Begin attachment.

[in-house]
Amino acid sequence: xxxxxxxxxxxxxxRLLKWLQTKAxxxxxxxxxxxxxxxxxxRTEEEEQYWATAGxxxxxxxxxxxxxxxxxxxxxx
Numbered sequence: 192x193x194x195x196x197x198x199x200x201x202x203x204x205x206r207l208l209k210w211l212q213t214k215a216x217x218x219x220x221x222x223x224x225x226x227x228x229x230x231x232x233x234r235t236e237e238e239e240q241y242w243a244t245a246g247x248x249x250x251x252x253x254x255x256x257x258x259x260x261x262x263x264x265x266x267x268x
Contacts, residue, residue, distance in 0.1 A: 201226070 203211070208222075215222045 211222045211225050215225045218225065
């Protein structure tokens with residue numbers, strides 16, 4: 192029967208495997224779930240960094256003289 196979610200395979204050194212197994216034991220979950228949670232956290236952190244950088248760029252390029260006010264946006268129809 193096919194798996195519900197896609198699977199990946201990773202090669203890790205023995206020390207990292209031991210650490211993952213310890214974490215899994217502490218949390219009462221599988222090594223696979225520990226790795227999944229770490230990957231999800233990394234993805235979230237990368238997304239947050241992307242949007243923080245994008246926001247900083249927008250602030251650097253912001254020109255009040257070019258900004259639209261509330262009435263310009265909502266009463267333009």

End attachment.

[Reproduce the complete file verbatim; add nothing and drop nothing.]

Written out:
[in-house]
Amino acid sequence: xxxxxxxxxxxxxxRLLKWLQTKAxxxxxxxxxxxxxxxxxxRTEEEEQYWATAGxxxxxxxxxxxxxxxxxxxxxx
Numbered sequence: 192x193x194x195x196x197x198x199x200x201x202x203x204x205x206r207l208l209k210w211l212q213t214k215a216x217x218x219x220x221x222x223x224x225x226x227x228x229x230x231x232x233x234r235t236e237e238e239e240q241y242w243a244t245a246g247x248x249x250x251x252x253x254x255x256x257x258x259x260x261x262x263x264x265x266x267x268x
Contacts, residue, residue, distance in 0.1 A: 201226070 203211070208222075215222045 211222045211225050215225045218225065
């Protein structure tokens with residue numbers, strides 16, 4: 192029967208495997224779930240960094256003289 196979610200395979204050194212197994216034991220979950228949670232956290236952190244950088248760029252390029260006010264946006268129809 193096919194798996195519900197896609198699977199990946201990773202090669203890790205023995206020390207990292209031991210650490211993952213310890214974490215899994217502490218949390219009462221599988222090594223696979225520990226790795227999944229770490230990957231999800233990394234993805235979230237990368238997304239947050241992307242949007243923080245994008246926001247900083249927008250602030251650097253912001254020109255009040257070019258900004259639209261509330262009435263310009265909502266009463267333009």